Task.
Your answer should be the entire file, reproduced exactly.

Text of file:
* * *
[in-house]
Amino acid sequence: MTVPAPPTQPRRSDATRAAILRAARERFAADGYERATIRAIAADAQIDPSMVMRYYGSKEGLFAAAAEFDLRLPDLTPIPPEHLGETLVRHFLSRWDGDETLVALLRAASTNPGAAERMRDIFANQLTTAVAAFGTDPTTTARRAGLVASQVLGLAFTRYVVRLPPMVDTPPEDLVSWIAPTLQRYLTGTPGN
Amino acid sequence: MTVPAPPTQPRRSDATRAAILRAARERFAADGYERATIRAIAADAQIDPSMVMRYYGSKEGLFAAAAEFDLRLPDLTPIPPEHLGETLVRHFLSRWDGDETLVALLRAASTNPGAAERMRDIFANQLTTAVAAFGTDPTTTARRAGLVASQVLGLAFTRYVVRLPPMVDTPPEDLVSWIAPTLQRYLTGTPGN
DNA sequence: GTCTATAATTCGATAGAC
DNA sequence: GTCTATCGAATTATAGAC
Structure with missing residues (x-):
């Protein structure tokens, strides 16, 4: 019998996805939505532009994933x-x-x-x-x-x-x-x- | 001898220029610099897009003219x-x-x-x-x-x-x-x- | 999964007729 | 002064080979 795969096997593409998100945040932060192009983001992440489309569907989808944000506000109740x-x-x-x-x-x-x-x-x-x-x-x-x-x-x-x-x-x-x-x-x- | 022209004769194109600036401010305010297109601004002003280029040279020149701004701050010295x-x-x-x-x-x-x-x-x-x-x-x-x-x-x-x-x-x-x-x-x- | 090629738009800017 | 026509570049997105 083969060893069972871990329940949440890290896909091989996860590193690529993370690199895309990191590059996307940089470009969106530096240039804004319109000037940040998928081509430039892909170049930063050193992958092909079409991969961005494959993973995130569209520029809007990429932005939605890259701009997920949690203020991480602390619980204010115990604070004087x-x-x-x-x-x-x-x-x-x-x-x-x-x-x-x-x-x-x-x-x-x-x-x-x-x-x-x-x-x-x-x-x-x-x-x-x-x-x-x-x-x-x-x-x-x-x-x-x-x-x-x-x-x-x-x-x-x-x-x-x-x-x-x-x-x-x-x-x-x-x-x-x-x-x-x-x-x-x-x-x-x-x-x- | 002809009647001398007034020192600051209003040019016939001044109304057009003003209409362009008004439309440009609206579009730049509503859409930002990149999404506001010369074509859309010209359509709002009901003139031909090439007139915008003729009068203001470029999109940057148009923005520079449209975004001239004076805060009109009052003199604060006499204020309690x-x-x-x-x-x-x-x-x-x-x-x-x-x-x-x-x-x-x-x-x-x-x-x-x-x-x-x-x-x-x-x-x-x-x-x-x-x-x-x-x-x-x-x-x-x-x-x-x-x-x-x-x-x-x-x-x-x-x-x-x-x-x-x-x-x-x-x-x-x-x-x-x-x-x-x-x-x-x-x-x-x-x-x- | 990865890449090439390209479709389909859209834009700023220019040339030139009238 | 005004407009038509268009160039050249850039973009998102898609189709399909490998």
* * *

[in-house]
Amino acid sequence: MTVPAPPTQPRRSDATRAAILRAARERFAADGYERATIRAIAADAQIDPSMVMRYYGSKEGLFAAAAEFDLRLPDLTPIPPEHLGETLVRHFLSRWDGDETLVALLRAASTNPGAAERMRDIFANQLTTAVAAFGTDPTTTARRAGLVASQVLGLAFTRYVVRLPPMVDTPPEDLVSWIAPTLQRYLTGTPGN
Amino acid sequence: MTVPAPPTQPRRSDATRAAILRAARERFAADGYERATIRAIAADAQIDPSMVMRYYGSKEGLFAAAAEFDLRLPDLTPIPPEHLGETLVRHFLSRWDGDETLVALLRAASTNPGAAERMRDIFANQLTTAVAAFGTDPTTTARRAGLVASQVLGLAFTRYVVRLPPMVDTPPEDLVSWIAPTLQRYLTGTPGN
DNA sequence: GTCTATAATTCGATAGAC
DNA sequence: GTCTATCGAATTATAGAC
Structure with missing residues (x-):
């Protein structure tokens, strides 16, 4: 019998996805939505532009994933x-x-x-x-x-x-x-x- | 001898220029610099897009003219x-x-x-x-x-x-x-x- | 999964007729 | 002064080979 795969096997593409998100945040932060192009983001992440489309569907989808944000506000109740x-x-x-x-x-x-x-x-x-x-x-x-x-x-x-x-x-x-x-x-x- | 022209004769194109600036401010305010297109601004002003280029040279020149701004701050010295x-x-x-x-x-x-x-x-x-x-x-x-x-x-x-x-x-x-x-x-x- | 090629738009800017 | 026509570049997105 083969060893069972871990329940949440890290896909091989996860590193690529993370690199895309990191590059996307940089470009969106530096240039804004319109000037940040998928081509430039892909170049930063050193992958092909079409991969961005494959993973995130569209520029809007990429932005939605890259701009997920949690203020991480602390619980204010115990604070004087x-x-x-x-x-x-x-x-x-x-x-x-x-x-x-x-x-x-x-x-x-x-x-x-x-x-x-x-x-x-x-x-x-x-x-x-x-x-x-x-x-x-x-x-x-x-x-x-x-x-x-x-x-x-x-x-x-x-x-x-x-x-x-x-x-x-x-x-x-x-x-x-x-x-x-x-x-x-x-x-x-x-x-x- | 002809009647001398007034020192600051209003040019016939001044109304057009003003209409362009008004439309440009609206579009730049509503859409930002990149999404506001010369074509859309010209359509709002009901003139031909090439007139915008003729009068203001470029999109940057148009923005520079449209975004001239004076805060009109009052003199604060006499204020309690x-x-x-x-x-x-x-x-x-x-x-x-x-x-x-x-x-x-x-x-x-x-x-x-x-x-x-x-x-x-x-x-x-x-x-x-x-x-x-x-x-x-x-x-x-x-x-x-x-x-x-x-x-x-x-x-x-x-x-x-x-x-x-x-x-x-x-x-x-x-x-x-x-x-x-x-x-x-x-x-x-x-x-x- | 990865890449090439390209479709389909859209834009700023220019040339030139009238 | 005004407009038509268009160039050249850039973009998102898609189709399909490998």